outlined in the Constitution, so if it is within the judicial ken to decide structural rules judges must be able to decide these issues as well. o There may also be/there are not sound prudential reasons for finding these issues to be political questions. These issues do/do not require an initial policy judgment that is inappropriate for judges to make, nor would judicial resolution of them be any more disrespectful of either Congress or the President than any other exercise of judicial review. o There is no obvious reason to defer to the political judgments of Congress or the President, must less an unusual need for unquestioning adherence. o There might be the potential for embarrassment from multifarious pronouncements by various departments on one question, but this would result only if the courts should rule against Congress/the President and they refuse to comply with the judicial ruling. Plaintiff will point to the removal cases and Bush v. Gore to counter Defendants argument that this issue is inappropriate for judicial attention; the political question doctrine is dead. If the court felt justified in deciding a presidential election, it begs the question what issues are not fit for judicial review.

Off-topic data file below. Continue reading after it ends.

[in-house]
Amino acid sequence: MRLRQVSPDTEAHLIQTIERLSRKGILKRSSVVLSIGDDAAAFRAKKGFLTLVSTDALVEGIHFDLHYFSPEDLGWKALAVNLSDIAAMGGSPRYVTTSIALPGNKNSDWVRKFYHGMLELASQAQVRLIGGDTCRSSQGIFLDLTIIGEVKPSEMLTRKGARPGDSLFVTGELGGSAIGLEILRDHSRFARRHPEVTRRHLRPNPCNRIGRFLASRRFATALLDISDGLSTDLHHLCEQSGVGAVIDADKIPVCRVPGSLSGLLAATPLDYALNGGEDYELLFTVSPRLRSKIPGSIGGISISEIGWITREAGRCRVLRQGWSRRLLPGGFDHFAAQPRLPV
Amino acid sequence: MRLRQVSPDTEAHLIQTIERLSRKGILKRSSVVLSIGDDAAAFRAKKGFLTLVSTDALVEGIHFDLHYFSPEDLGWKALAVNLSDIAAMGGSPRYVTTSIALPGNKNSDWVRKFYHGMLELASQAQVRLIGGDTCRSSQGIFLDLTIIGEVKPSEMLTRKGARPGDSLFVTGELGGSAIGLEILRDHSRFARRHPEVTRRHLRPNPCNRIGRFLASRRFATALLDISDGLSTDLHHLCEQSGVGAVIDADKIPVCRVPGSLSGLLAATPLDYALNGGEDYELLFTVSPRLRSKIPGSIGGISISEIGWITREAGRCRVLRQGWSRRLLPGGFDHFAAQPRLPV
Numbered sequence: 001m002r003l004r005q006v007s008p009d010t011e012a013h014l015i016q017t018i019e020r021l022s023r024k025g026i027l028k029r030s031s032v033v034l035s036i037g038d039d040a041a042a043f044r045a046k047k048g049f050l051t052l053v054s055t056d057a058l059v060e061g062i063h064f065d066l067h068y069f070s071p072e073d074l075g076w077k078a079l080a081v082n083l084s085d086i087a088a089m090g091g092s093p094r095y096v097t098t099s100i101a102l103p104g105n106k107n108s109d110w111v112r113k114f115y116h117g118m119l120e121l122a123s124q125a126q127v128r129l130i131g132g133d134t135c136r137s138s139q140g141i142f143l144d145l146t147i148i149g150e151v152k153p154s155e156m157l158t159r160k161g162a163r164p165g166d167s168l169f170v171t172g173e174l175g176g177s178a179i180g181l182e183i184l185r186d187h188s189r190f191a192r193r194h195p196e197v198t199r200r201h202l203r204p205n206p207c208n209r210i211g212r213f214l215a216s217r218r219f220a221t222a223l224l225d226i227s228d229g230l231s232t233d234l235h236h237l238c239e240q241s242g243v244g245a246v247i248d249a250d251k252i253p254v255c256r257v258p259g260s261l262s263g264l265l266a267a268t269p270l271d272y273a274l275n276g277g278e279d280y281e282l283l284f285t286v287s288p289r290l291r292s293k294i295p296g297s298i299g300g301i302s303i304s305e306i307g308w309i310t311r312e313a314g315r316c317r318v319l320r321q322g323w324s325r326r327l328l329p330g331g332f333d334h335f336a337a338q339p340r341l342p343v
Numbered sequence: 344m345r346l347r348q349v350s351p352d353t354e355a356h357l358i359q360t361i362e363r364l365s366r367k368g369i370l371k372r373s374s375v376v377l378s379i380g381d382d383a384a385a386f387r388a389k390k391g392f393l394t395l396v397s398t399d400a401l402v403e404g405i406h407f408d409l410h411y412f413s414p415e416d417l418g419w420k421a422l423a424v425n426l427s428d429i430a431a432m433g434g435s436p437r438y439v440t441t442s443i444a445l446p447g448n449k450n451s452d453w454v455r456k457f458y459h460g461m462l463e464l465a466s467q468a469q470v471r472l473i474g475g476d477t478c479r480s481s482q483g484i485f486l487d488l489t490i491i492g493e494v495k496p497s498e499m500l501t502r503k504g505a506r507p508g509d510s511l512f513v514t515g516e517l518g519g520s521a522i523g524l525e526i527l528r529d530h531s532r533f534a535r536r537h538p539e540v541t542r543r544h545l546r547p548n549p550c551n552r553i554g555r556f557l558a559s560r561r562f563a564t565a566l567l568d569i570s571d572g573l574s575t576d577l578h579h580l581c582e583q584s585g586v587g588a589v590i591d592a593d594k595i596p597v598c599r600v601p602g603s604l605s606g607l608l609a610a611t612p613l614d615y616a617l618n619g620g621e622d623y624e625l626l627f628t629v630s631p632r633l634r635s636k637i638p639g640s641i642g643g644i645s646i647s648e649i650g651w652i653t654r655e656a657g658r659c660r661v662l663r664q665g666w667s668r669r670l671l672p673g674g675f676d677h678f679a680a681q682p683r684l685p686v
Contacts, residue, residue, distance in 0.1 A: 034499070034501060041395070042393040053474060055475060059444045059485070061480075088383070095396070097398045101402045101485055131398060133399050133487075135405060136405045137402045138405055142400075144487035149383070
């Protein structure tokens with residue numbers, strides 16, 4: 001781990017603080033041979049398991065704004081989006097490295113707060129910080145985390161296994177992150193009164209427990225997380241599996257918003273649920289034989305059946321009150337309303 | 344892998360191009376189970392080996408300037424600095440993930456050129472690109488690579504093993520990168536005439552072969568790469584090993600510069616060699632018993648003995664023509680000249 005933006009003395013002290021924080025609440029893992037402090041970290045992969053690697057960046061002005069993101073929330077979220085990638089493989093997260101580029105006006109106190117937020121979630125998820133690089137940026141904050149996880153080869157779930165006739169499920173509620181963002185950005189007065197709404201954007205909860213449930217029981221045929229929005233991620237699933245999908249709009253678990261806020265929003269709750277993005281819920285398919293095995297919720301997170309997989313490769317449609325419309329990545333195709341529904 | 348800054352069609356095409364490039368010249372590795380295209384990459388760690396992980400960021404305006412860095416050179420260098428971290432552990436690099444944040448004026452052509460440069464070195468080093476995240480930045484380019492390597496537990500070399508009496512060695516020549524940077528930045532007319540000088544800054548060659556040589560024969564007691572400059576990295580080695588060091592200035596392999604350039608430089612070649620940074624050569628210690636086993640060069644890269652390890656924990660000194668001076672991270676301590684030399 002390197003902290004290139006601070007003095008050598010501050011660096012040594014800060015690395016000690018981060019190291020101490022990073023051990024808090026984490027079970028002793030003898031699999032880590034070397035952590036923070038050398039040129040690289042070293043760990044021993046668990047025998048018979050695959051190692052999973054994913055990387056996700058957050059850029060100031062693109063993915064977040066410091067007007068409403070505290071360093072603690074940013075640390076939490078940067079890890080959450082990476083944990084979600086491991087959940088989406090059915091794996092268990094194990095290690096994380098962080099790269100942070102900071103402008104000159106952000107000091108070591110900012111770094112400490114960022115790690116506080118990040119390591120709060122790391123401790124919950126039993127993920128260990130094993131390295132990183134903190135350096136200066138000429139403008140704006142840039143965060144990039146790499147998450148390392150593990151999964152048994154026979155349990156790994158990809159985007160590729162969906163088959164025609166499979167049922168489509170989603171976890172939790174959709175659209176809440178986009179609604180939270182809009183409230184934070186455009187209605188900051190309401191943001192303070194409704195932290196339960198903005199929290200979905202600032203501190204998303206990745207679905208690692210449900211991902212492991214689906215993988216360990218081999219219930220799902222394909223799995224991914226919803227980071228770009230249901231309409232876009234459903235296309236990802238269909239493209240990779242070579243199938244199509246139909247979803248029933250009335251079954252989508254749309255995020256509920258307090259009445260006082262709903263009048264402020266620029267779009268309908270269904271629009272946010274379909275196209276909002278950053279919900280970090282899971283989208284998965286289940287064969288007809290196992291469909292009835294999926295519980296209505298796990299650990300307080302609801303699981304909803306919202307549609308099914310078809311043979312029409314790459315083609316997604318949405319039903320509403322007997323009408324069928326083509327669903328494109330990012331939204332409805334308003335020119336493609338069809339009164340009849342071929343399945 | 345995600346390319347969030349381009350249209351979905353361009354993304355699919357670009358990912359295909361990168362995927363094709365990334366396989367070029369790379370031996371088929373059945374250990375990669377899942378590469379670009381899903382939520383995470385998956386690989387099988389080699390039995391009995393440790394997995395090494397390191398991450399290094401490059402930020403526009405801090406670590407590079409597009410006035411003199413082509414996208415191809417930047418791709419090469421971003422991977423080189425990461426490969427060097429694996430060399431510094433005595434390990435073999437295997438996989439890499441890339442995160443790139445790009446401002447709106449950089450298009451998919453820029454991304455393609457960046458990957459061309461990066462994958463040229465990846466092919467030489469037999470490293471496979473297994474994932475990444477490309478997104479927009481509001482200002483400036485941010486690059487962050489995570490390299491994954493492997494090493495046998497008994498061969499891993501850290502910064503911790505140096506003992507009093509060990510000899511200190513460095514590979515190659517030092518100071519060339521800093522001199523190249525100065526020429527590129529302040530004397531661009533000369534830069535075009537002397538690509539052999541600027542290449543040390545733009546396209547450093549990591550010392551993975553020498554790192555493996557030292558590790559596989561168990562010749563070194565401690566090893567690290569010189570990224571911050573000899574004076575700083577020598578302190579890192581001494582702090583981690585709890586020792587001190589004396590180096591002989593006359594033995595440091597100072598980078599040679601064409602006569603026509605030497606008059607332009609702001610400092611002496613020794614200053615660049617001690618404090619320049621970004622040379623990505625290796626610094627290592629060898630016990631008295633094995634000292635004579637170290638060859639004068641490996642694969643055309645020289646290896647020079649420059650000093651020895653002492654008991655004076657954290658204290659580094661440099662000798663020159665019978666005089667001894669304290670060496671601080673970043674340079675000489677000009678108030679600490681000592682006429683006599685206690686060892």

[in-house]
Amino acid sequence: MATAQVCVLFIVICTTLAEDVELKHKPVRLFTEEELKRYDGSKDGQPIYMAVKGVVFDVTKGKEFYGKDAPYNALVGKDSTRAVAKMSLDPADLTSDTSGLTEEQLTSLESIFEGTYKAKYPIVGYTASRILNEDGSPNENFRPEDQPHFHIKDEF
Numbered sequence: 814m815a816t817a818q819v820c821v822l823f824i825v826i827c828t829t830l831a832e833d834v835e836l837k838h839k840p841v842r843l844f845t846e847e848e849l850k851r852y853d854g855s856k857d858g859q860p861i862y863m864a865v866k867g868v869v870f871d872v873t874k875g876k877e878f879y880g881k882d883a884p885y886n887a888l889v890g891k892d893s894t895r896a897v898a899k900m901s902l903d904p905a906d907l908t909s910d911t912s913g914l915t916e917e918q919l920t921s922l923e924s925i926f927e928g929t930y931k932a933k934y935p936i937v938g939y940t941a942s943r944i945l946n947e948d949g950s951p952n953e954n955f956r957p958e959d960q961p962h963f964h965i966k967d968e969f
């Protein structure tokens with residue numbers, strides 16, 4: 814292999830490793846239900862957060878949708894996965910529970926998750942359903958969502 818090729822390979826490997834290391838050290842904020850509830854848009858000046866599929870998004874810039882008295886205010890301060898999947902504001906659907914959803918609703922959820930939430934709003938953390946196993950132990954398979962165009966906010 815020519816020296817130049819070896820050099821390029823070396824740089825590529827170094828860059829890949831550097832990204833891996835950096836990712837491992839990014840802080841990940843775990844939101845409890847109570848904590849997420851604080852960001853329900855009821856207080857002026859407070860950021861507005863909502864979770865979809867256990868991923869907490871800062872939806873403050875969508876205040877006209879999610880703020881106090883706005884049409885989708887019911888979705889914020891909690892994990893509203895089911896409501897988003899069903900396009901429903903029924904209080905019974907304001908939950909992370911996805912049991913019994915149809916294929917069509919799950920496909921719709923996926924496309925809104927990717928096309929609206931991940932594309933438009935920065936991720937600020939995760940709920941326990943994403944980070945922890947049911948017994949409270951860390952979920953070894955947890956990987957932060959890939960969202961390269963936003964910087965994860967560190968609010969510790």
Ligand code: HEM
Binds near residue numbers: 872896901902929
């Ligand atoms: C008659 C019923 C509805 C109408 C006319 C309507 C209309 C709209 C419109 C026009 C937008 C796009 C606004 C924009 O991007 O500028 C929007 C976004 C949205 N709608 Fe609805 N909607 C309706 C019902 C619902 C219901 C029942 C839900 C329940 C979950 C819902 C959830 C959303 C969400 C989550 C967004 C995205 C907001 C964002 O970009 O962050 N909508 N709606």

Baker Criteria: A. Jurisdictional Factors: (1) Does the Constitution empower another branch to deal w/ the issue? B. Merits-based: (2) Does the Judiciary lack the resources or apparatus to provide adequate discovery and management standards to give the P adequate relief? C. Prudential/deferential The need to speak with one voice as a Federal Government: (3) Impossibility of deciding question w/out making an initial policy determination; (4) Impossibility of resolution w/out disrespecting other branches; (5) Unusual need for unquestioning adherence to a political decision already made; (6) Potential for embarrassment from varied pronouncements on a single question Any that Dont Apply: None of [these] justiciability doctrines will bar suit on the given facts. Assuming the court reaches the merits . . . Executive Power Does the President have Inherent Authority? Article II vests the President with the executive power to take care that the laws be faithfully executed. Because neither the Constitution nor Congress expressly granted the President the power to . . . whether the President exceeded his authority when he . . . depends on whether the court takes a more formalist or functional approach to the issue of inherent executive authority. In Youngstown, although four justices articulated positions that there is no inherent executive authority, the majority concluded that some inherent power existed. Therefore, the President would want to establish plenary authority to engage in activity without Congressional approval under Model 4 by arguing that this case implicates purely foreign affairs. o There is a general understanding that the president has more authority when dealing with foreign entanglements as opposed to domestic affairs; for example under Article II the president is commander in chief of the armed forces. (Curtiss-Wright). The very nature of transactions with foreign nations often requires caution and unity of design, and the need to present a clear & unified face to the world often depends on secrecy and dispatch that the President has a comparable advantage in providing over Congress.